Service of Northern Ireland, who are the employers and who have the

:25:04.:25:11.

pay delegation have to show that there is an equal pay entitlement.

:25:11.:25:14.

The Green Party's Stephen Agnew has a bee in his bonnet about the new

:25:14.:25:17.

golf course resort near the Giant's Causeway. Mark Devenport can

:25:17.:25:20.

explain - along with the latest on the Ulster Unionist leadership

:25:20.:25:27.

campaign. Mike Nesbitt didn't make any official statement today. But

:25:27.:25:32.

it did come up in the course of a question that he was trying to ask

:25:32.:25:42.
:25:42.:25:43.

to the Agriculture Minister. Mike Nesbitt dealt with it like this.

:25:43.:25:48.

they call me leader? Question four, Mr Speaker.

:25:48.:25:54.

Not yet! And Mark, the other leadership contender had some

:25:54.:25:58.

interesting thoughts in the newsletter today? Yes, he said that

:25:58.:26:05.

if he became leader, he would expel David McNarry from the party. He is

:26:05.:26:08.

involved in disciplinary action which is all to do with newspaper

:26:08.:26:13.

reports and talks between the Ulster Unionists and the DUP. This

:26:13.:26:22.

is what he had to say. I just think that it's run far too long and we

:26:22.:26:28.

need to bring it to a close. McNarry said he intended to clear

:26:28.:26:34.

his name in the disciplinary proceedings and he said that

:26:34.:26:38.

statement said more about the depth of his ability to unite the party

:26:38.:26:44.

than anything else. An interesting question to the Environment

:26:44.:26:48.

Minister? This is in relation to the Giant's Causeway golfing resort

:26:48.:26:55.

which was announced with so much fanfare and the Environment

:26:55.:27:00.

Minister decided that financial and tourist considerations would

:27:00.:27:10.
:27:10.:27:10.

outweigh any environmental concerns. He's raised a question about a bee

:27:10.:27:18.

that has been seen up around that area in the dunes near Giants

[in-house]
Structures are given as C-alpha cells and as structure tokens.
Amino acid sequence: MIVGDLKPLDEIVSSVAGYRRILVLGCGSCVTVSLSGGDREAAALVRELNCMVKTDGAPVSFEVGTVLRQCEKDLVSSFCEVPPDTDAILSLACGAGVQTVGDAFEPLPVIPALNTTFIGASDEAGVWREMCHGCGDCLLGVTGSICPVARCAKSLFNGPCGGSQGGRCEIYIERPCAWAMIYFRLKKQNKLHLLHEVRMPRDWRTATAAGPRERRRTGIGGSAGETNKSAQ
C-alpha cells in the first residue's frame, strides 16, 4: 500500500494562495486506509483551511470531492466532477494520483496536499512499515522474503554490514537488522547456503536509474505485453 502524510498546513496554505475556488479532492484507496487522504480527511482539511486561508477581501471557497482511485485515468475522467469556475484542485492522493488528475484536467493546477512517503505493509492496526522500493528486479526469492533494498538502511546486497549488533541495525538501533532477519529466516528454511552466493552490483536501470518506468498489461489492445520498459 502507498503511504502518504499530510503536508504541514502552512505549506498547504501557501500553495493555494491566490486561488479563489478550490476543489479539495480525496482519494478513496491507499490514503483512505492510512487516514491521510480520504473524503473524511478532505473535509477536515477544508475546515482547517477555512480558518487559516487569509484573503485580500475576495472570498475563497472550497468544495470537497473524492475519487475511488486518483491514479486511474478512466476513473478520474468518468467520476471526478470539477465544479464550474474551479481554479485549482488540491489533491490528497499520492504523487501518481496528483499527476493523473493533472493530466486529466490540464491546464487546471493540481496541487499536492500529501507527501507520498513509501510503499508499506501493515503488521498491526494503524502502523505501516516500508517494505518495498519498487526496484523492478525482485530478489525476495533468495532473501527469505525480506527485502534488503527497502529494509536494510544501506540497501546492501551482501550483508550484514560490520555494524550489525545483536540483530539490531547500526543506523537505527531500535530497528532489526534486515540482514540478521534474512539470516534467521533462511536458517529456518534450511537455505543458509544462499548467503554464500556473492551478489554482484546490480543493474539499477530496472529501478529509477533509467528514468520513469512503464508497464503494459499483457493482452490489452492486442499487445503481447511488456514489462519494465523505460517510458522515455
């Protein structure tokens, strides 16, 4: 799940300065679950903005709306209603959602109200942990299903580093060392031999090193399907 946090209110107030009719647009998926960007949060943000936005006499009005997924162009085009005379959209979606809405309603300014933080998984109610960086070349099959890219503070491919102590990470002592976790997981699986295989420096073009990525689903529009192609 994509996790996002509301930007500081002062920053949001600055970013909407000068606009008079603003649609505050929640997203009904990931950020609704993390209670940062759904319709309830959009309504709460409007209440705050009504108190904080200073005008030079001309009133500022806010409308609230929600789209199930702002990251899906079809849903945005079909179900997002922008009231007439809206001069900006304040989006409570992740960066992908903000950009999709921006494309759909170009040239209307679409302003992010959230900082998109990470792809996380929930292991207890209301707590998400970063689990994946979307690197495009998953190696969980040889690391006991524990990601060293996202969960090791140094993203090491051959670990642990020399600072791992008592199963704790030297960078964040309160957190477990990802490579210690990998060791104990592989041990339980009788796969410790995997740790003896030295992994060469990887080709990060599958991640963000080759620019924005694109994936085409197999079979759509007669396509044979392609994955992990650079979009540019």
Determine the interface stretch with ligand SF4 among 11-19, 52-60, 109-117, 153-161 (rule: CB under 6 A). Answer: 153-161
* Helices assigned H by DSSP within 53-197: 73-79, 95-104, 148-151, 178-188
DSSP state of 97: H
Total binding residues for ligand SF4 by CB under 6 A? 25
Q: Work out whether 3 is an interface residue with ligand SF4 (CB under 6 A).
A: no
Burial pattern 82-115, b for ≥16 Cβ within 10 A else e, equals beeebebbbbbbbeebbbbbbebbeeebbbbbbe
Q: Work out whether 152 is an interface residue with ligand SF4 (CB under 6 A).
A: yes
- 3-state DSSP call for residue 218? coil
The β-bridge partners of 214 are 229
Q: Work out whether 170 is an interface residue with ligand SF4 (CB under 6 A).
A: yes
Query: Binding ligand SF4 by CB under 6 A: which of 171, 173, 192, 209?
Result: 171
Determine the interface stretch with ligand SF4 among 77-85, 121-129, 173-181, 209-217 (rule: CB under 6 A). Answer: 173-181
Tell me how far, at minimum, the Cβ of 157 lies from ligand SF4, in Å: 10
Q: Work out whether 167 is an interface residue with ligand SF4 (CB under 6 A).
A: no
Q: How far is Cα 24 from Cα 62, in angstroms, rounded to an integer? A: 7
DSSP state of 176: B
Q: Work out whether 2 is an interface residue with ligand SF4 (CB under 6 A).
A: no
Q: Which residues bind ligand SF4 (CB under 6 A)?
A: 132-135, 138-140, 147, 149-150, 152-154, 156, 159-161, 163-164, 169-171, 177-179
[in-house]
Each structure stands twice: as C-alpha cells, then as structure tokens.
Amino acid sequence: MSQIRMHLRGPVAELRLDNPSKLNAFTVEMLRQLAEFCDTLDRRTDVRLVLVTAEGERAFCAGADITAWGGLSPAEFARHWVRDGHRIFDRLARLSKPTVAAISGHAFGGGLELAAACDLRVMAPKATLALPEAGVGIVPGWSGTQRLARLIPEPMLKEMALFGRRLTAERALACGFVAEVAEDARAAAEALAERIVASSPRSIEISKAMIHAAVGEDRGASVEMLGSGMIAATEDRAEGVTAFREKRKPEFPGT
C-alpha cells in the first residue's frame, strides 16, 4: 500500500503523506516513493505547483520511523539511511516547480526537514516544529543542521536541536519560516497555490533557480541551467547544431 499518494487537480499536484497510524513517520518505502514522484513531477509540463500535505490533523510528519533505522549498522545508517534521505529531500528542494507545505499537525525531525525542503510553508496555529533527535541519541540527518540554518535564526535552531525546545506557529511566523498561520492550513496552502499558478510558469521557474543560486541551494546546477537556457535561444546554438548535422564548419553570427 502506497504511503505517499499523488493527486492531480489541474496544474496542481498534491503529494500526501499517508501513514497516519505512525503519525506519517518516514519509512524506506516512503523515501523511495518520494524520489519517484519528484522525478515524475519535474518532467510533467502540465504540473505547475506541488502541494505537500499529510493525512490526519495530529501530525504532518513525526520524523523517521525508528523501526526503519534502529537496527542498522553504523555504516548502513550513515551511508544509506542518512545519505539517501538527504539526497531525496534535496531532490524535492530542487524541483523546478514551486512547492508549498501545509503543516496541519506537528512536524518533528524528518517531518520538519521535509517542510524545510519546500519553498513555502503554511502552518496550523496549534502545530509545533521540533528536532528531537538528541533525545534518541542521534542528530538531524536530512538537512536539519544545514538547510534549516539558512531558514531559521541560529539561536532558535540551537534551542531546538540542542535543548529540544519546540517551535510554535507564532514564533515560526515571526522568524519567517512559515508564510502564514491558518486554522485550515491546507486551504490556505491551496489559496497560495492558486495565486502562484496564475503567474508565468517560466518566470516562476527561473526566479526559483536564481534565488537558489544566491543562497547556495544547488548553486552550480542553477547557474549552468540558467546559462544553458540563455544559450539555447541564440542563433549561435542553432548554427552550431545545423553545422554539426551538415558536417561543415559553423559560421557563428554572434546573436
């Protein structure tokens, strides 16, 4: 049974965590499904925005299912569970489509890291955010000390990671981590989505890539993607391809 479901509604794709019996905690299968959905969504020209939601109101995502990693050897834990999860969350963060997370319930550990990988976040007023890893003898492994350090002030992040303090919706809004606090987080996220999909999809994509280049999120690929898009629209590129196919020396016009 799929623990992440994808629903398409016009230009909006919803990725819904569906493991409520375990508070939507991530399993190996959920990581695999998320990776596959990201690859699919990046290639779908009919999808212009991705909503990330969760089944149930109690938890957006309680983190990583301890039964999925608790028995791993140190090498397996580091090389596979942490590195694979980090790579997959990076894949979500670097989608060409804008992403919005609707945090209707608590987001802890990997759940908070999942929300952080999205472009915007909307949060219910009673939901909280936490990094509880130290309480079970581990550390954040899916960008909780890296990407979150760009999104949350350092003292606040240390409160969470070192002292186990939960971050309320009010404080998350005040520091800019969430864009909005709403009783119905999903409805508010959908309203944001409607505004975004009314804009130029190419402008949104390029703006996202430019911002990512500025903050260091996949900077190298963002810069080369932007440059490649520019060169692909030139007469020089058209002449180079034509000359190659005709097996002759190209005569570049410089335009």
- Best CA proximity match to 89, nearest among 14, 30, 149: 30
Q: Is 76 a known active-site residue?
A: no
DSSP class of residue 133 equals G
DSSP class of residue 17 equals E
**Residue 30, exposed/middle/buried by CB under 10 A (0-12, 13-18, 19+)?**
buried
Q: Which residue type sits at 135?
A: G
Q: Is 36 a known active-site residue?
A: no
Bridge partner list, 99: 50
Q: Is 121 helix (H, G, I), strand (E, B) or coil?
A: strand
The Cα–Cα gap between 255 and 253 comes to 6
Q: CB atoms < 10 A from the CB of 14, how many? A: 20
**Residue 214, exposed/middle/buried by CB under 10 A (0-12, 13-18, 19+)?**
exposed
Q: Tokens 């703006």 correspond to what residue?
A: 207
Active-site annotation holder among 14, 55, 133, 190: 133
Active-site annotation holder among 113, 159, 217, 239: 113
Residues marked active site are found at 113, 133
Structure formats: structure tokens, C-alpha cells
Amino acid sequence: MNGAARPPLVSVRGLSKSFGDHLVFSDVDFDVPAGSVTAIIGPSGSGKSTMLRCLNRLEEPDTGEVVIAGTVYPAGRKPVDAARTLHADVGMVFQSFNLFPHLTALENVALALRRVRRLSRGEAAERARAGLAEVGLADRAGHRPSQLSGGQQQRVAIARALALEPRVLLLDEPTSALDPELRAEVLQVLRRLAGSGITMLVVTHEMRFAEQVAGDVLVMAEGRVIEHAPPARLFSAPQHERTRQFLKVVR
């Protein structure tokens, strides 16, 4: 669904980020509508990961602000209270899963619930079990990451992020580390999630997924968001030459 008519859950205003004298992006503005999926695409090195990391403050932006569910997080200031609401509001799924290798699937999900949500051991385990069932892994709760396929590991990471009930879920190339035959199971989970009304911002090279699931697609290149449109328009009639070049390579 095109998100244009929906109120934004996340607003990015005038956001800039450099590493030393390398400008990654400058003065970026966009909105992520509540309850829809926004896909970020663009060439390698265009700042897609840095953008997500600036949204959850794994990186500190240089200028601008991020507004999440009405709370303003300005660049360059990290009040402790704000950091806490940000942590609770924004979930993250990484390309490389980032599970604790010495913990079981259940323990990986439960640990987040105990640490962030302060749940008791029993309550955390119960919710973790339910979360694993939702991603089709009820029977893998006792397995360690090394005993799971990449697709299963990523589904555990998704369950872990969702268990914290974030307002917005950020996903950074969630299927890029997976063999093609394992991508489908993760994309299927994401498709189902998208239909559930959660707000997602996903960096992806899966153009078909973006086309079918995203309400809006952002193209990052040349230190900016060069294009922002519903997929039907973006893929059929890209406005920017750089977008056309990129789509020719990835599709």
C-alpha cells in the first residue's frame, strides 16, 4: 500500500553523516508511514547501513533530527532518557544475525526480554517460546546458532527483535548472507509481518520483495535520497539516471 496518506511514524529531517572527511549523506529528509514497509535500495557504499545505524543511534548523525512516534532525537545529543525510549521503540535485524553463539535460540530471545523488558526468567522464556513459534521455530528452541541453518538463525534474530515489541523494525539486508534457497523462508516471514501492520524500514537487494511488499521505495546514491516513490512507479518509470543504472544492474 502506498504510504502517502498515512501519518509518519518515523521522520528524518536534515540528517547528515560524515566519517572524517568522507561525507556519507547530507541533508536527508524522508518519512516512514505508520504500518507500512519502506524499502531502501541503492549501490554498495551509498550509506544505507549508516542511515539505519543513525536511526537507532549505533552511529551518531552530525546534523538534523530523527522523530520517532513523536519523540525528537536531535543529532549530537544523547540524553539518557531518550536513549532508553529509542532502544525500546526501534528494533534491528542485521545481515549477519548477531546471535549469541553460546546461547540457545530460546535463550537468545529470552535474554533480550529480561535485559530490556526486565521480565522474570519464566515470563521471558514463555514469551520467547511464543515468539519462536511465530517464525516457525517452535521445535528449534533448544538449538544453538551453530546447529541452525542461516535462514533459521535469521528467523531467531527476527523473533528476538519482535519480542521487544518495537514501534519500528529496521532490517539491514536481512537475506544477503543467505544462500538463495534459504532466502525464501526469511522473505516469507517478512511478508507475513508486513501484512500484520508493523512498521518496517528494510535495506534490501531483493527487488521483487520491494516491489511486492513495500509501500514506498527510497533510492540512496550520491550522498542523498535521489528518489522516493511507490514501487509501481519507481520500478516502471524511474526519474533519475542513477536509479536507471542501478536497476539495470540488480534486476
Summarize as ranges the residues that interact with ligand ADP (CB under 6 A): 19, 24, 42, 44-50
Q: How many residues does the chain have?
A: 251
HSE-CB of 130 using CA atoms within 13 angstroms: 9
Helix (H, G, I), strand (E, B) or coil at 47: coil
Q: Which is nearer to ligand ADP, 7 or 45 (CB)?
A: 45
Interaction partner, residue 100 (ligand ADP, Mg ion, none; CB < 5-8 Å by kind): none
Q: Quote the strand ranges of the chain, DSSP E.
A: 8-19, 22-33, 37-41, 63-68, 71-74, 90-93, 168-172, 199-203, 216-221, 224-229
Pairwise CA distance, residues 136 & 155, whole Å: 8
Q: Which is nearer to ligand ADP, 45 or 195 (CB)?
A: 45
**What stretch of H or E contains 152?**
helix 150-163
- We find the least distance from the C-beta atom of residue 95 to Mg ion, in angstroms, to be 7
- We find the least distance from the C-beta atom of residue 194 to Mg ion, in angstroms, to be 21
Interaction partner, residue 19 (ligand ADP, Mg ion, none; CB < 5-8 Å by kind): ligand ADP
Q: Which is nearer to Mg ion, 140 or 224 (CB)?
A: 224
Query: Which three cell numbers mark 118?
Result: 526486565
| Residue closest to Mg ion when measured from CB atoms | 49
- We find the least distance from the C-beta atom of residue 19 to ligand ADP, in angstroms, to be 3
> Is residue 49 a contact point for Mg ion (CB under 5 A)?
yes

:27:18.:27:22.

Causeway. Stephen Agnew is concerned lest it might be affected

:27:22.:27:30.

by this and wanted to know whether UNESCO had been informed. A

:27:30.:27:34.

conservation report is on its way but he repeats in this instance, he

:27:34.:27:37.

felt there were circumstances which outweighed the environmental

:27:37.:27:40.

concerns to press ahead. We will have to see what happens to the bee,

:27:40.:27:46.

whether it turns out to be a fly in the golfing ointment! If some of

:27:46.:27:49.

our MLAs looked a bit jaded this afternoon, it's because they ran

:27:49.:27:52.

the mile up the road to Parliament Buildings for Sport Relief at

:27:52.:27:54.

lunchtime. The DUP, Ulster Unionists and Alliance took part

:27:54.:27:57.

along with the SDLP who took silver and gold, with Conall McDevitt and

:27:57.:28:00.

his colleague Mark Durkan across the finish line well before

:28:00.:28:05.

everyone else. Mervyn Storey gets a special mention though for running

:28:05.:28:09.

the mile in his suit - and as for our political correspondent Gareth

:28:09.:28:19.
:28:19.:28:20.

Gordon - well the pictures speak for themselves really. It is a

:28:20.:28:23.

great opportunity to raise awareness and money for a good

:28:23.:28:28.

cause and to have a bit of fun and exercise at the same time! It's

:28:28.:28:30.

good that, as public representatives, we are taking part

:28:31.:28:35.

in such things and raising the profile of causes such as Sport

:28:35.:28:39.

Relief. You are getting a bit of name for yourself with all this

:28:39.:28:45.

sporting stuff after your boxing? I'm not a good sportsman! It is a

:28:45.:28:51.

fun way to highlight a good cause. It's a good charity to back. Also,

:28:51.:28:55.

some much-needed exercise. It is a great opportunity to support a very

:28:55.:28:58.

worthwhile cause. Obviously, it is great to get out in the fresh air.

:28:58.:29:05.

It is a break to get some exercise. It is fantastic. Well done to

:29:05.:29:10.

A political programme focusing on the day's events at the Assembly and Northern Ireland Executive. Tara Mills is the guide through the corridors of power at Stormont, and is joined by key people from decision makers to opinion formers to make the experience enlightening and entertaining.